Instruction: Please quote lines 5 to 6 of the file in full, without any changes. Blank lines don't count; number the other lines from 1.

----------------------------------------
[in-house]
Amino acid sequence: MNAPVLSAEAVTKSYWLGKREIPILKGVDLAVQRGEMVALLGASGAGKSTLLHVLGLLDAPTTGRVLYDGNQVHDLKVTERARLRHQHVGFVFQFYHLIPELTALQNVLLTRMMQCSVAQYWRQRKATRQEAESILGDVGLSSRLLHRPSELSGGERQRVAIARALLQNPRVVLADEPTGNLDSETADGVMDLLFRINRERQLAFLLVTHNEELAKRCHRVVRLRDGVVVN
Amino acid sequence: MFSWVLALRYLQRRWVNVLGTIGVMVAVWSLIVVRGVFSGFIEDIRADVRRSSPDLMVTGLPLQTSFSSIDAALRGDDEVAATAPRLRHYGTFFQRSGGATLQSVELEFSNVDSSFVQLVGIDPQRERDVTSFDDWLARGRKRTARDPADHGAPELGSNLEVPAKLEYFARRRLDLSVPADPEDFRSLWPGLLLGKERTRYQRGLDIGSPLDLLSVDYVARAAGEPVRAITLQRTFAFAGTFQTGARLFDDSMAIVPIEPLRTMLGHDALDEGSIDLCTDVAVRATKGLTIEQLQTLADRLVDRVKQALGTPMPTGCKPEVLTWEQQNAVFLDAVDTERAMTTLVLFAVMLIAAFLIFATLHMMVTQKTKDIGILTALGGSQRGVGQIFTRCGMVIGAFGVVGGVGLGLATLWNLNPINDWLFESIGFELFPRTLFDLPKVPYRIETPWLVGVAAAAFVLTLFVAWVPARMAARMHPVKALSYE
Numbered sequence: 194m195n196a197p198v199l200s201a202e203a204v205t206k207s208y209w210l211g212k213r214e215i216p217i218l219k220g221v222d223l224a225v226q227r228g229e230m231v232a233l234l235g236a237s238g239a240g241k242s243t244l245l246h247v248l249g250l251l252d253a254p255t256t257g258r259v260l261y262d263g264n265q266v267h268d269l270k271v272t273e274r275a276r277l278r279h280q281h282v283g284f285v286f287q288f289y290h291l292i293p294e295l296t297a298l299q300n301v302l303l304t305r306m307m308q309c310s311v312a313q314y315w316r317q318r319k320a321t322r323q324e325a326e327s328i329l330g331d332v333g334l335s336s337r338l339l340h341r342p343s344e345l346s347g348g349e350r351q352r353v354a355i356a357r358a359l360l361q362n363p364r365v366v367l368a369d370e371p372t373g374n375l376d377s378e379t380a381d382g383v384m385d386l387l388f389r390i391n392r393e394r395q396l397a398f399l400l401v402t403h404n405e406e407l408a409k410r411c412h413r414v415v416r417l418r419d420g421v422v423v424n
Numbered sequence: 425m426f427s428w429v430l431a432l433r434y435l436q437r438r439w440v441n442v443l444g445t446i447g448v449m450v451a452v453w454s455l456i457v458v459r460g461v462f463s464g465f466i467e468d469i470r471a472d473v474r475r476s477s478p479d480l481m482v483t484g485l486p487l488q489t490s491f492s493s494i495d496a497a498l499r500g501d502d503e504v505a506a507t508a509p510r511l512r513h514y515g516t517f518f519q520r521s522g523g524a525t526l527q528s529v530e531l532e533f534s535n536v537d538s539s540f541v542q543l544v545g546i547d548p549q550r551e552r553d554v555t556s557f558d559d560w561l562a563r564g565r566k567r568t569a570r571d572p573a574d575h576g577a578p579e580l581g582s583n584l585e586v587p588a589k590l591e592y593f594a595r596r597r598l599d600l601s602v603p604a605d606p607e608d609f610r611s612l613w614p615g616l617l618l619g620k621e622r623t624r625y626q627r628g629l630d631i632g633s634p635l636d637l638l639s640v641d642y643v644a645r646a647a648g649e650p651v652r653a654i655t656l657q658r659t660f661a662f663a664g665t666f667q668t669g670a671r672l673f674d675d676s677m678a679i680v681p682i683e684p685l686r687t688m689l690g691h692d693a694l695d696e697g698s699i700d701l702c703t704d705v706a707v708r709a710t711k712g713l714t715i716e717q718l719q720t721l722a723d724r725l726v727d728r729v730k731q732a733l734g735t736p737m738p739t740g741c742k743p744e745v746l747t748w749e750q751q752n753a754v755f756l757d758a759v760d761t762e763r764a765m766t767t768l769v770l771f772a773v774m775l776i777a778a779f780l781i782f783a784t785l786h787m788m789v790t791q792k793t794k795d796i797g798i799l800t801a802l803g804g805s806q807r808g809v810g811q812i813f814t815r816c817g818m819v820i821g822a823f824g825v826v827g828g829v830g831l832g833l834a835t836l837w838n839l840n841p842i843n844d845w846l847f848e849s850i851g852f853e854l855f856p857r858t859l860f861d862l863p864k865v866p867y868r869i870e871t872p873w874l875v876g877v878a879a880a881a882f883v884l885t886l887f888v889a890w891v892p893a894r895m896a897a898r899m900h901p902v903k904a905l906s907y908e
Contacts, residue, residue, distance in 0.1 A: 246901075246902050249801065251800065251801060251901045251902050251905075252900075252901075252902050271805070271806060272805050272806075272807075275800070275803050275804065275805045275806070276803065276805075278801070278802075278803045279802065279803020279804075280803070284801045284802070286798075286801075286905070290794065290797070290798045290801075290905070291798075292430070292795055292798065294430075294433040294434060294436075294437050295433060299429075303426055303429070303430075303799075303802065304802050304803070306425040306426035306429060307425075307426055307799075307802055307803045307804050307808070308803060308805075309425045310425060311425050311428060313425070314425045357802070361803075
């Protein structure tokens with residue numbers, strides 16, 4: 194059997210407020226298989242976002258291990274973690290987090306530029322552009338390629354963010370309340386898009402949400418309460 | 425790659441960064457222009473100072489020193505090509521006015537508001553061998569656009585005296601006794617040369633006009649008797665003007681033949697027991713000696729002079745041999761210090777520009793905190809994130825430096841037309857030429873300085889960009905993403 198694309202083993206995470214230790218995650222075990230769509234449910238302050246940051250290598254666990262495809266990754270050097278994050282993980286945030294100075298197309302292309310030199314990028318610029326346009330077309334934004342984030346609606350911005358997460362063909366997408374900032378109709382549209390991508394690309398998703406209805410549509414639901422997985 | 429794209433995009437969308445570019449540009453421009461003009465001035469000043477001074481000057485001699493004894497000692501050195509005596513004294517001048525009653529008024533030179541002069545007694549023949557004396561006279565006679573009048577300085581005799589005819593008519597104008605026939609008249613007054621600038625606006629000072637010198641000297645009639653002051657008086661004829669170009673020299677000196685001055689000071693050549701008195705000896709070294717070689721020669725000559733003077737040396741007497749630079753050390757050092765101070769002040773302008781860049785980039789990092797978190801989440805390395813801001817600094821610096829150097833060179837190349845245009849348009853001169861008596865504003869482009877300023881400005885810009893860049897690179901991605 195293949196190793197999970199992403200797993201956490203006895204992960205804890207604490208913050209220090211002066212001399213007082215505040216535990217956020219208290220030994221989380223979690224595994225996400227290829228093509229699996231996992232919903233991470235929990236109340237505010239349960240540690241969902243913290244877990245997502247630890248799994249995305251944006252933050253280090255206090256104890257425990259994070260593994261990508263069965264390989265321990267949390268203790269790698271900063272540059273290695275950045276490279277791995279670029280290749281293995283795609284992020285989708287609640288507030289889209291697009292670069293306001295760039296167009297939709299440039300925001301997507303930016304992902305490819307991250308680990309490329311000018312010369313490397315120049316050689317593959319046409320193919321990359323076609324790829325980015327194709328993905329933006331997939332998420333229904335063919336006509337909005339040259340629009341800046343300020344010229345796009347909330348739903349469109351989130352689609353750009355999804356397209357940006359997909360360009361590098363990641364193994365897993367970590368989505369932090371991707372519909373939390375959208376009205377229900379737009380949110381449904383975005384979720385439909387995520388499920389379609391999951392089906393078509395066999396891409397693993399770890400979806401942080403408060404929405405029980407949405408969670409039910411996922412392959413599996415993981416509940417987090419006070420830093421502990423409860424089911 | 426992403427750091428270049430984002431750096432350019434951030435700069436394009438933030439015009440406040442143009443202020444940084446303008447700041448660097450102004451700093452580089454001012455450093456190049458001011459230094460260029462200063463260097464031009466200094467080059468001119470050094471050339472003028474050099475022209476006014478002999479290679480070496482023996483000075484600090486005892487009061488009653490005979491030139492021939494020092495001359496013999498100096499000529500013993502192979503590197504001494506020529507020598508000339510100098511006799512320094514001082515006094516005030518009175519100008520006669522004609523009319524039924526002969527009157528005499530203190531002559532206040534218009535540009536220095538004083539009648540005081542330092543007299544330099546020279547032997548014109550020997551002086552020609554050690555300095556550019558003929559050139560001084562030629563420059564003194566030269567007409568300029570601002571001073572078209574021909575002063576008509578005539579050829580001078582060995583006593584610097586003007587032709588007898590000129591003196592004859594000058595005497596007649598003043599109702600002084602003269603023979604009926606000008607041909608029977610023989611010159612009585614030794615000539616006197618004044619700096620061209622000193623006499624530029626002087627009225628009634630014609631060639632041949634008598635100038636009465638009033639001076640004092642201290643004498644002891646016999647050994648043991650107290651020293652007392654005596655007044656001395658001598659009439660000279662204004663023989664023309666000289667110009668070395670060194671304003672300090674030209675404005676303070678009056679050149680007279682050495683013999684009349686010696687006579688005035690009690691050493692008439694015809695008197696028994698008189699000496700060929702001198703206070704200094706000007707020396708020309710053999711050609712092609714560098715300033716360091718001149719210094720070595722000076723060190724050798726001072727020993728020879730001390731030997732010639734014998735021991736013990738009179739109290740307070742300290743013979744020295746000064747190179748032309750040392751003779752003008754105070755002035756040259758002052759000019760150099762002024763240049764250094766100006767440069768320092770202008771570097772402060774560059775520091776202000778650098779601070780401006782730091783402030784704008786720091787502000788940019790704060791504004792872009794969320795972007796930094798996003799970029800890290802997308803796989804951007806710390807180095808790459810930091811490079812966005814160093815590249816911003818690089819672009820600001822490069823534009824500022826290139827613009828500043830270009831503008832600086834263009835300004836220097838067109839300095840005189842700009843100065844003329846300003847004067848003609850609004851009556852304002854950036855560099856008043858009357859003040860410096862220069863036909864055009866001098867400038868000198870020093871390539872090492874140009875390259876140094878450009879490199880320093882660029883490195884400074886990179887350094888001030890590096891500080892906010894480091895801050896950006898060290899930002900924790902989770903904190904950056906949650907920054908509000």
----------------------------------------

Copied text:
Numbered sequence: 425m426f427s428w429v430l431a432l433r434y435l436q437r438r439w440v441n442v443l444g445t446i447g448v449m450v451a452v453w454s455l456i457v458v459r460g461v462f463s464g465f466i467e468d469i470r471a472d473v474r475r476s477s478p479d480l481m482v483t484g485l486p487l488q489t490s491f492s493s494i495d496a497a498l499r500g501d502d503e504v505a506a507t508a509p510r511l512r513h514y515g516t517f518f519q520r521s522g523g524a525t526l527q528s529v530e531l532e533f534s535n536v537d538s539s540f541v542q543l544v545g546i547d548p549q550r551e552r553d554v555t556s557f558d559d560w561l562a563r564g565r566k567r568t569a570r571d572p573a574d575h576g577a578p579e580l581g582s583n584l585e586v587p588a589k590l591e592y593f594a595r596r597r598l599d600l601s602v603p604a605d606p607e608d609f610r611s612l613w614p615g616l617l618l619g620k621e622r623t624r625y626q627r628g629l630d631i632g633s634p635l636d637l638l639s640v641d642y643v644a645r646a647a648g649e650p651v652r653a654i655t656l657q658r659t660f661a662f663a664g665t666f667q668t669g670a671r672l673f674d675d676s677m678a679i680v681p682i683e684p685l686r687t688m689l690g691h692d693a694l695d696e697g698s699i700d701l702c703t704d705v706a707v708r709a710t711k712g713l714t715i716e717q718l719q720t721l722a723d724r725l726v727d728r729v730k731q732a733l734g735t736p737m738p739t740g741c742k743p744e745v746l747t748w749e750q751q752n753a754v755f756l757d758a759v760d761t762e763r764a765m766t767t768l769v770l771f772a773v774m775l776i777a778a779f780l781i782f783a784t785l786h787m788m789v790t791q792k793t794k795d796i797g798i799l800t801a802l803g804g805s806q807r808g809v810g811q812i813f814t815r816c817g818m819v820i821g822a823f824g825v826v827g828g829v830g831l832g833l834a835t836l837w838n839l840n841p842i843n844d845w846l847f848e849s850i851g852f853e854l855f856p857r858t859l860f861d862l863p864k865v866p867y868r869i870e871t872p873w874l875v876g877v878a879a880a881a882f883v884l885t886l887f888v889a890w891v892p893a894r895m896a897a898r899m900h901p902v903k904a905l906s907y908e
Contacts, residue, residue, distance in 0.1 A: 246901075246902050249801065251800065251801060251901045251902050251905075252900075252901075252902050271805070271806060272805050272806075272807075275800070275803050275804065275805045275806070276803065276805075278801070278802075278803045279802065279803020279804075280803070284801045284802070286798075286801075286905070290794065290797070290798045290801075290905070291798075292430070292795055292798065294430075294433040294434060294436075294437050295433060299429075303426055303429070303430075303799075303802065304802050304803070306425040306426035306429060307425075307426055307799075307802055307803045307804050307808070308803060308805075309425045310425060311425050311428060313425070314425045357802070361803075